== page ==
Helen Griffin-Booth, director at Liverpool-based sales, lettings and investment agency Bluerow Homes is urging Phillip Hammond to scrap stamp duty to help first-time buyers get on the property ladder.
In England, homebuyers have to pay stamp duty on a residential property that costs more than £125,000.
The purchase of the average home in England – worth £226,000 – would incur a stamp duty bill of £2,000.
Helen Griffin-Booth, director at sales, lettings and investment agency Bluerow Homes is urging Phillip Hammond to scrap stamp duty in the upcoming Budget on 22 November.
Helen says: “The number of homeowners under the age of 45 in England has dropped dramatically since 2010. Many young people feel locked out of the housing market due to sky-high costs, with stamp duty being a key contributor to this. Stamp duty land tax can add thousands on to the cost of buying a home and makes many people reluctant to move.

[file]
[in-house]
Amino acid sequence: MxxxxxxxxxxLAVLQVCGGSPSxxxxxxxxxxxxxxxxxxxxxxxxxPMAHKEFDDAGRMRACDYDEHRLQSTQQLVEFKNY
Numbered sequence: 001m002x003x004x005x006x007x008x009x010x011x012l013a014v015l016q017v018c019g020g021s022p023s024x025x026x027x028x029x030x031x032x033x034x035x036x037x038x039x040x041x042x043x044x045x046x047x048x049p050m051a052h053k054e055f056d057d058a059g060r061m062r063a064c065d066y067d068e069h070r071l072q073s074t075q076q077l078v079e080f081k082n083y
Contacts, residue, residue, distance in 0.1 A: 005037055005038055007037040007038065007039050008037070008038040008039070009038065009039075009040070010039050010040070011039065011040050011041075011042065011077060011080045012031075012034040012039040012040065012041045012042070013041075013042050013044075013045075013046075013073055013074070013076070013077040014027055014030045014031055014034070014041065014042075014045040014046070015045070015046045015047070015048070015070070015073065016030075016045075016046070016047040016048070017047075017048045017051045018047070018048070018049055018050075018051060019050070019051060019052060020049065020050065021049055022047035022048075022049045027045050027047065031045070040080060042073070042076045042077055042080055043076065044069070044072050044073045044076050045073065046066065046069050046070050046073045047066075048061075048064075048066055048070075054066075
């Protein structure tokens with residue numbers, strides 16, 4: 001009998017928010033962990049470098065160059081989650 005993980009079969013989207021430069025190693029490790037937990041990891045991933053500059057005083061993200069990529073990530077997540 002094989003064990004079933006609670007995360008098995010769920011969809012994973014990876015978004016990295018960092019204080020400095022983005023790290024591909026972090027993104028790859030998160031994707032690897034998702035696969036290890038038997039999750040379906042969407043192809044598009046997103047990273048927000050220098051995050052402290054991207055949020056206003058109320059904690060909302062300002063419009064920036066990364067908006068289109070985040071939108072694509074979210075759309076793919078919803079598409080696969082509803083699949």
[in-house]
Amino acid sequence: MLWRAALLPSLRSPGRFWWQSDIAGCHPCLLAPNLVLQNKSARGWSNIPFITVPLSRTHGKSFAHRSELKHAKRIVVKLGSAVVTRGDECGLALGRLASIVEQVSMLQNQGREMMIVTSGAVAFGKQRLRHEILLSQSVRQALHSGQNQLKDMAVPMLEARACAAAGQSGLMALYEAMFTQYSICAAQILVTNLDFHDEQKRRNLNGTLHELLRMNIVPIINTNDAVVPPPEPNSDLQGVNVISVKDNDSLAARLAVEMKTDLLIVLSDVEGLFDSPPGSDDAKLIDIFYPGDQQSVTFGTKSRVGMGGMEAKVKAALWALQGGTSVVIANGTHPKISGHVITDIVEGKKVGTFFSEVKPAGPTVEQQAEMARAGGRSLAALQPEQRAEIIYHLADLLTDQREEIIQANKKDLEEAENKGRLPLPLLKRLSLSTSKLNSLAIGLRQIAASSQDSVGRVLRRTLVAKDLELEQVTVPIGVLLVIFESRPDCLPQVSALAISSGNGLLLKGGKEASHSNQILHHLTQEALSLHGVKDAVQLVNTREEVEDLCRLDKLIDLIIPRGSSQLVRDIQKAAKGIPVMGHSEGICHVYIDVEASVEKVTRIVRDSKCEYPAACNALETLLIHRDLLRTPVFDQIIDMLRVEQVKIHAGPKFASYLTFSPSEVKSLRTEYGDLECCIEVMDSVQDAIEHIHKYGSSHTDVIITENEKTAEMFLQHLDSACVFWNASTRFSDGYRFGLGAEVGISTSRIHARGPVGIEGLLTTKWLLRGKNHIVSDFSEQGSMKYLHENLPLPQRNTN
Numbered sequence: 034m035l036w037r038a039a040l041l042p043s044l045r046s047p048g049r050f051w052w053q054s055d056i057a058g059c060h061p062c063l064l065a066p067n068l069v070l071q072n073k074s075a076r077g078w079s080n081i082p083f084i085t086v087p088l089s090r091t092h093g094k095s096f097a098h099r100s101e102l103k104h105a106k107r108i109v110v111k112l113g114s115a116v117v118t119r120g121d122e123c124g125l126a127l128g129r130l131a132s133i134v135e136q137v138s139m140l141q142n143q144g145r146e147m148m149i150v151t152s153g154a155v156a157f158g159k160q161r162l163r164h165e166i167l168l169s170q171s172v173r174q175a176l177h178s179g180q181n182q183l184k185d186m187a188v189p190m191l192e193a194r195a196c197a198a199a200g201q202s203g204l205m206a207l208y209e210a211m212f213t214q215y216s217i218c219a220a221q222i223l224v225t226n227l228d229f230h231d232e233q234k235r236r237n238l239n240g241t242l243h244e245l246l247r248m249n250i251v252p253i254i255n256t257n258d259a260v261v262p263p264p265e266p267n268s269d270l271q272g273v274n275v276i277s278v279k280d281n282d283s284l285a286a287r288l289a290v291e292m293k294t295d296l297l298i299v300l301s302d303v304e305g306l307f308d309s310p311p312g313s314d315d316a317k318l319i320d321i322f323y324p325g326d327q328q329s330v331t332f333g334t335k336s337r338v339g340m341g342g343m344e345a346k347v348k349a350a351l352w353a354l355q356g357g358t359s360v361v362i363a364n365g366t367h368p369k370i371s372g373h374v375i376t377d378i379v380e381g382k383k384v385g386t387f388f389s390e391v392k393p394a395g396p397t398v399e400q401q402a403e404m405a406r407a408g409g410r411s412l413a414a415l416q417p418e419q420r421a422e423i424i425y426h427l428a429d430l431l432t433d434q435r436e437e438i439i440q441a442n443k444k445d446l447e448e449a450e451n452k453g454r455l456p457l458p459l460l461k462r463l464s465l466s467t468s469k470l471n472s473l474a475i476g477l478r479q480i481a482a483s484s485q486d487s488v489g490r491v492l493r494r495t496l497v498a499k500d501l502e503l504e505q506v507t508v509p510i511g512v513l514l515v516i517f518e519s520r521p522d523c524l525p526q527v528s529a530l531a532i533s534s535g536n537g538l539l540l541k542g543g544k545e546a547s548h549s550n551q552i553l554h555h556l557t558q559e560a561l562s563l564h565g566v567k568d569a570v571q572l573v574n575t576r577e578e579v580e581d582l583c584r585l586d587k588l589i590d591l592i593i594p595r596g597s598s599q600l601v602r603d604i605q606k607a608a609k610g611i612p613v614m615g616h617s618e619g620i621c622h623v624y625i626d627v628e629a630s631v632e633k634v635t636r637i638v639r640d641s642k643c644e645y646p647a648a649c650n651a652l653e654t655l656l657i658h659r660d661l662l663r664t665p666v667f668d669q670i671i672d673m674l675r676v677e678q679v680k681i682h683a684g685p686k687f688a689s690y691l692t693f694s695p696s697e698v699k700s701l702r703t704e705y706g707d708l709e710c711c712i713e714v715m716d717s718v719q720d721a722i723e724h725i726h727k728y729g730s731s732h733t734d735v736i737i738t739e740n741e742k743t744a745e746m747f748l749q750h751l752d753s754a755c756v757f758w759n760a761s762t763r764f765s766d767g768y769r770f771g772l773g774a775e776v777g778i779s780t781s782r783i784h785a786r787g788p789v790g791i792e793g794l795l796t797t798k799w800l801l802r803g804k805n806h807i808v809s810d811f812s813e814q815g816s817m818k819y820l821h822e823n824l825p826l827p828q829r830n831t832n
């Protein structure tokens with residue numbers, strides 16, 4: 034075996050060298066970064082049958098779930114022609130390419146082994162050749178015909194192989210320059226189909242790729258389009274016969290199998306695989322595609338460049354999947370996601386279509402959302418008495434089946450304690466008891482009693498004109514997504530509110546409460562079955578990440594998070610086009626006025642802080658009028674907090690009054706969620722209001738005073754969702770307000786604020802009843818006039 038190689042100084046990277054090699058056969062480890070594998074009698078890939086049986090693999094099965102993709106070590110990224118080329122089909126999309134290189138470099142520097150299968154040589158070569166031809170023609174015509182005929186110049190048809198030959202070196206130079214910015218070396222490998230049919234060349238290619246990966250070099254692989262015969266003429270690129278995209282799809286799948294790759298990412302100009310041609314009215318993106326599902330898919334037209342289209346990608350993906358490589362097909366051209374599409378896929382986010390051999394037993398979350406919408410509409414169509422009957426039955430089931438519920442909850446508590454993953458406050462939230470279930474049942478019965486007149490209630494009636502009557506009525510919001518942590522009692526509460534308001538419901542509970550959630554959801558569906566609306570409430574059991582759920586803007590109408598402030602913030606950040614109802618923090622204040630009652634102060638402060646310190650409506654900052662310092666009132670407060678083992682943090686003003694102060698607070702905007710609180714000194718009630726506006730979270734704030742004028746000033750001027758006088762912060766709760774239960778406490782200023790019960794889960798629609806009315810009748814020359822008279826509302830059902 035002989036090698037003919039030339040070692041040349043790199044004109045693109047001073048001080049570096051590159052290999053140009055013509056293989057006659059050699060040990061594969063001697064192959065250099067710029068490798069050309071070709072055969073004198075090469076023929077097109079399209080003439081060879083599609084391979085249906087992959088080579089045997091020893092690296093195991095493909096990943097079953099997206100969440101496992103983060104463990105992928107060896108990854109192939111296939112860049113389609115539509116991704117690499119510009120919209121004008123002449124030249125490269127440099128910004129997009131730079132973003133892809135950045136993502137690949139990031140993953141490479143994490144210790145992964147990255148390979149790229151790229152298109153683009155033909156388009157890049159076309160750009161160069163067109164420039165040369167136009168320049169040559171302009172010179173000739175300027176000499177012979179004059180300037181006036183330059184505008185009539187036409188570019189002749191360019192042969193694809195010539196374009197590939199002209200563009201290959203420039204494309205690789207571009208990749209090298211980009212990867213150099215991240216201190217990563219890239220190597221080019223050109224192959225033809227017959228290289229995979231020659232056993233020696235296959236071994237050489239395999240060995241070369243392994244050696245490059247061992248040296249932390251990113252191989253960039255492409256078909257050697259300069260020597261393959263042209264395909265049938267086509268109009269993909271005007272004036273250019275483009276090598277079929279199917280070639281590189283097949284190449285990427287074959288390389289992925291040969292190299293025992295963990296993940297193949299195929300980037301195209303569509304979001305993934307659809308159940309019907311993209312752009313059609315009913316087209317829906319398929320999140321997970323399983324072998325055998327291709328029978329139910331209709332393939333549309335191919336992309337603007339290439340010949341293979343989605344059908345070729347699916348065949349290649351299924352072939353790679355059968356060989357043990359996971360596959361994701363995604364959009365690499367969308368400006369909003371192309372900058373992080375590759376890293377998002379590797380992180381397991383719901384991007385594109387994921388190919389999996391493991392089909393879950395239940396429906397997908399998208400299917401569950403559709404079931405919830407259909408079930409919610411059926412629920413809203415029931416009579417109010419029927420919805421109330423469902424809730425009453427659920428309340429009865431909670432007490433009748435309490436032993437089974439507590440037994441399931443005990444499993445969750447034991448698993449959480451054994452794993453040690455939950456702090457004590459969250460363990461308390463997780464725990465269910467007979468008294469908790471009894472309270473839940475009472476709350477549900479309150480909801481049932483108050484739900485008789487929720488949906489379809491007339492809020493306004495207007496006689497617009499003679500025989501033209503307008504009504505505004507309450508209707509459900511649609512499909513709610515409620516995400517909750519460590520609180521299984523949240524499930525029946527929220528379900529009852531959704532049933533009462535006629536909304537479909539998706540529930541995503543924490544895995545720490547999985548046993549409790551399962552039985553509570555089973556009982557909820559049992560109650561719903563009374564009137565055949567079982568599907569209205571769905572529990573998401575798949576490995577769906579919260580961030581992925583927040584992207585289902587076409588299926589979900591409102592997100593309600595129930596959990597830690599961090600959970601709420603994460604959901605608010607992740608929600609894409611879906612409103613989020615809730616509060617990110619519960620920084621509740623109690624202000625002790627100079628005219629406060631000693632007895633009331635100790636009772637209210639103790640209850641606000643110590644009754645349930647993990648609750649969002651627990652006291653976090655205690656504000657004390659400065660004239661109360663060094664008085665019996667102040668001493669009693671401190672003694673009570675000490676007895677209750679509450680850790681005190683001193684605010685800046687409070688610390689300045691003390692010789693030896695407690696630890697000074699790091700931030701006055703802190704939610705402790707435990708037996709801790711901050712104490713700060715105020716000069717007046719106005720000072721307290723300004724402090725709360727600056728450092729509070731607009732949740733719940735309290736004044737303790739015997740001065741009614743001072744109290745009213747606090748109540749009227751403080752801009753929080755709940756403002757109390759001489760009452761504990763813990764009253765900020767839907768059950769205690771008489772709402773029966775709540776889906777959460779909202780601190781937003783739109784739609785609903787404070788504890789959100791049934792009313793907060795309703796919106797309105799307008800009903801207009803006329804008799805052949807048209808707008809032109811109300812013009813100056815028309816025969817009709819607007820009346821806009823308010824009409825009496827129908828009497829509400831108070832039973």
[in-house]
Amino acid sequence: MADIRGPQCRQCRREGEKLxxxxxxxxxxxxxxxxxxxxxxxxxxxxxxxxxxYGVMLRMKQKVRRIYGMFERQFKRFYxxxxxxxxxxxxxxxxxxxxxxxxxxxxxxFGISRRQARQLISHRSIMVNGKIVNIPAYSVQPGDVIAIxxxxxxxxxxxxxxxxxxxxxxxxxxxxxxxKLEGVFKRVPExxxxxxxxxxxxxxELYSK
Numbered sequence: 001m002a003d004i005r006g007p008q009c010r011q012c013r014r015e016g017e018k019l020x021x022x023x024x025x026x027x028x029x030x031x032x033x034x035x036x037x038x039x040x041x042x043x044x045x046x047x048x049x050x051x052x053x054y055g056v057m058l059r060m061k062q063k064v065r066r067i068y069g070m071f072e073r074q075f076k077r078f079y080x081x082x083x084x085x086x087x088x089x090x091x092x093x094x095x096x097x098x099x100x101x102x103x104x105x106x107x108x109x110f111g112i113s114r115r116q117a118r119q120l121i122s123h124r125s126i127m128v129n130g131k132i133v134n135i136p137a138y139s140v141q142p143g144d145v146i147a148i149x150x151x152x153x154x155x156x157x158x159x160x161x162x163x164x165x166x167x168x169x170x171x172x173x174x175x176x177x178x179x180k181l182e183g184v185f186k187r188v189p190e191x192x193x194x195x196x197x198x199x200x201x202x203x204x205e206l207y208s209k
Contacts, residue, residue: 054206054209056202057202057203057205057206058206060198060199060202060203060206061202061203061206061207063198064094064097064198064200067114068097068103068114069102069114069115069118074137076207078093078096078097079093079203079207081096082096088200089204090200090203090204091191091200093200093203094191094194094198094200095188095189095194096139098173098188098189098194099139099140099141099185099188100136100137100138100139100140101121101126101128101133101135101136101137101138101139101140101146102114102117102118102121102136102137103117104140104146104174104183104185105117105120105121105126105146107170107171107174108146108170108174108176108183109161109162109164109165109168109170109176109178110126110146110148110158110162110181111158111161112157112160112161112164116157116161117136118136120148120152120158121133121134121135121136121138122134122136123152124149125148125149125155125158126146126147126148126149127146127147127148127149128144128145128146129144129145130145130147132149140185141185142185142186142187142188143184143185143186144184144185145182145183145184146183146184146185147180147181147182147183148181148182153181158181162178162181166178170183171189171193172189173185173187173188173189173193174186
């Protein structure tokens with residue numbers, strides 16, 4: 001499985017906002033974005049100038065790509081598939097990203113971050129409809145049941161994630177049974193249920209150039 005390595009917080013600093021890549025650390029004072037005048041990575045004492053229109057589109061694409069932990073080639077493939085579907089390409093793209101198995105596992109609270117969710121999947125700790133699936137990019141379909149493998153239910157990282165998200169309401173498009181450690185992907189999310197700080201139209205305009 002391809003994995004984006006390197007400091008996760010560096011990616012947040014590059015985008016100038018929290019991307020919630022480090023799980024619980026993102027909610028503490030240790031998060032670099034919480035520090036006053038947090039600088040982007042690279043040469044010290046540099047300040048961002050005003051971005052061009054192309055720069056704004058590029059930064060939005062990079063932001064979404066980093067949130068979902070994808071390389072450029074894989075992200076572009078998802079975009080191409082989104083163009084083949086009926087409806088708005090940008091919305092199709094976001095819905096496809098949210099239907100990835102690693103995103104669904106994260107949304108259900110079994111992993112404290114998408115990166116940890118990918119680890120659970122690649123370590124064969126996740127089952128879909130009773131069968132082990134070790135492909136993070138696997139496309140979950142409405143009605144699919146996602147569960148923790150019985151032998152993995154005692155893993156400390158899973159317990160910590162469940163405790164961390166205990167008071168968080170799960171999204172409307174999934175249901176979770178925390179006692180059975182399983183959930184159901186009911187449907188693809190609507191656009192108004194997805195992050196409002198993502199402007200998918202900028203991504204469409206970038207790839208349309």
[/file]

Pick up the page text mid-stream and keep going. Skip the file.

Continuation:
“Scrapping or even going some way to reduce stamp duty would help aspiring first-time buyers address one of the biggest obstacles to entering the market – raising a deposit.
“Stamp duty has a knock on effect for the housing market as a whole, not just for first-time buyers. Growing families who wish to move also have to pay the levy, so in turn this prevents people from moving up the property ladder and slows down mobility at all levels.
“Although stamp duty is a cash cow for the government, netting almost £12 billion in the 2016/17 tax year, I hope the government see this as an opportunity to address not only the housing crisis but the wider economy in general.
“Addressing stamp duty would give the housing market a new lease of life and provide meaningful help to young people and families.”